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An X-ray capsule dosimeter for real-time radiation monitoring has been developed by researchers.

The ability to precisely target tumor tissue while minimizing damage to healthy tissue is essential in radiotherapy. Observing the portion of radiation conveyed and assimilated continuously, especially in the gastrointestinal tract, presents huge trouble. Also, existing techniques utilized for checking biochemical markers, for example pH and temperature, are lacking for a thorough assessment of radiotherapy.

To address this test, a joint exploration group from the Shenzhen Organization of Trend Setting Innovation (SIAT) of the Chinese Foundation of Sciences, the Public College of Singapore (NUS), and Tsinghua University has fostered a case-formed swallowable X-beam dosimeter (with a width of 5 mm and thickness of 0.2 mm), which can gauge radiation portion in light of radioluminescence and temperature utilizing a brain network-based relapse model.

The dosimeter was found to be approximately five times more accurate than conventional dose determination methods by the researchers.

“In the future, this capsule may be inserted into the rectum for prostate cancer brachytherapy or into the upper nasal cavity for real-time assessment of the absorbed dose in nasopharyngeal carcinoma, reducing radiation harm to adjacent structures.

Prof. Sheng Zonghai, one of the corresponding authors.

Nature Biomedical Engineering was the journal that published the study.

To estimate the dose absorbed in the target area, in vivo clinical dosimeters like thermoluminescence sensors, optically excited films, and metal-oxide semiconductor field-effect transistors are typically placed directly on or near the skin of the patient.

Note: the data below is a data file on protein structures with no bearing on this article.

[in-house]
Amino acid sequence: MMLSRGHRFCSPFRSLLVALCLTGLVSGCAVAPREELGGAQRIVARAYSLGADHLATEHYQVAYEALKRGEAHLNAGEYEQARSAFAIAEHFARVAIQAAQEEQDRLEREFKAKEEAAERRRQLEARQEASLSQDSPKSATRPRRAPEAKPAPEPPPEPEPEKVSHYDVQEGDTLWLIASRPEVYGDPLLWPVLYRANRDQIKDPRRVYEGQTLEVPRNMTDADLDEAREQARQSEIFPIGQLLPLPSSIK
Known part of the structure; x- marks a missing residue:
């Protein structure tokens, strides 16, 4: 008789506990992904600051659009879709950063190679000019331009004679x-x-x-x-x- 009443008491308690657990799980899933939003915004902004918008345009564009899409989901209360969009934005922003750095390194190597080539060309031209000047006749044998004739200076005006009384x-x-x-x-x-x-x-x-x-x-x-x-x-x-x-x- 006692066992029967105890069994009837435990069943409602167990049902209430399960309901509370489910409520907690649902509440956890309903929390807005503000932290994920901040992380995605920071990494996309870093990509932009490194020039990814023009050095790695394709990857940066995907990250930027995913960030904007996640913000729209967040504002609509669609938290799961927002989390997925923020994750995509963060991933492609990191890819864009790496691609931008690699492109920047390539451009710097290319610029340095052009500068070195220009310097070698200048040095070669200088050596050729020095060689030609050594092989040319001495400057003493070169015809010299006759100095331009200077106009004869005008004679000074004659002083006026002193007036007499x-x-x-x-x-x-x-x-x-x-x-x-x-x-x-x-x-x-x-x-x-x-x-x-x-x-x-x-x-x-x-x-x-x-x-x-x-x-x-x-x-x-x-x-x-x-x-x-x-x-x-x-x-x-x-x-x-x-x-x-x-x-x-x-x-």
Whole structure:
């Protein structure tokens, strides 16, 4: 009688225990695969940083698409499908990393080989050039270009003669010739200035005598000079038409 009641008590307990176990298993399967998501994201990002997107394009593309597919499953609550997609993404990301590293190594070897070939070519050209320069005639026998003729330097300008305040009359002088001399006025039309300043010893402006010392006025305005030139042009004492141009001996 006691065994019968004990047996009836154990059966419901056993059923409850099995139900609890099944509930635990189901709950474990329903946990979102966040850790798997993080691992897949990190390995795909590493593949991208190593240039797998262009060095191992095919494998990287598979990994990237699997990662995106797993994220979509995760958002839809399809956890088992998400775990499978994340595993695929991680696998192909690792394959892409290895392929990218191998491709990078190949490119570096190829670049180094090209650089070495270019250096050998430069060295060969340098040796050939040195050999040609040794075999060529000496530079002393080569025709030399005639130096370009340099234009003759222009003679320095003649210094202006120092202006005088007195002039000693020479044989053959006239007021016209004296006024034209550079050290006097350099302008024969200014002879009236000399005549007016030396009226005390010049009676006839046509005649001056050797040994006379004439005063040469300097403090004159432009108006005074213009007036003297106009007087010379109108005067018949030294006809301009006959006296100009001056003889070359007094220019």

In spite of the fact that in vivo dosimetry using electronic portal imaging devices has been considered for treatment verification, it can be costly and subject to photon attenuation, which can alter the patient’s dose.

Researchers develop capsule X-ray dosimeter for real-time radiotherapy monitoring

Separate component model of capsule. Credit: SIAT

A flexible optical fiber encased with X-ray persistent nanoscintillators, a polyaniline film, and a wireless miniaturized luminescence readout device make up the capsule dosimeter.

It can evaluate the dose absorbed during radiotherapy for gastric cancer and be used to monitor treatment for various cancers by further optimizing the capsule’s size. It can also measure pH and temperature.

Credit: Nature Biomedical Engineering (2023). DOI: 10.1038/s41551-023-01024-2

Exploded three-dimensional view of the capsule dosimeter.

“In the future, this capsule could be placed in the rectum for prostate cancer brachytherapy or in the upper nasal cavity for real-time measurement of the absorbed dose in nasopharyngeal carcinoma, minimizing radiation damage to surrounding structures.”

More information: Bo Hou et al, A swallowable X-ray dosimeter for the real-time monitoring of radiotherapy, Nature Biomedical Engineering (2023). DOI: 10.1038/s41551-023-01024-2

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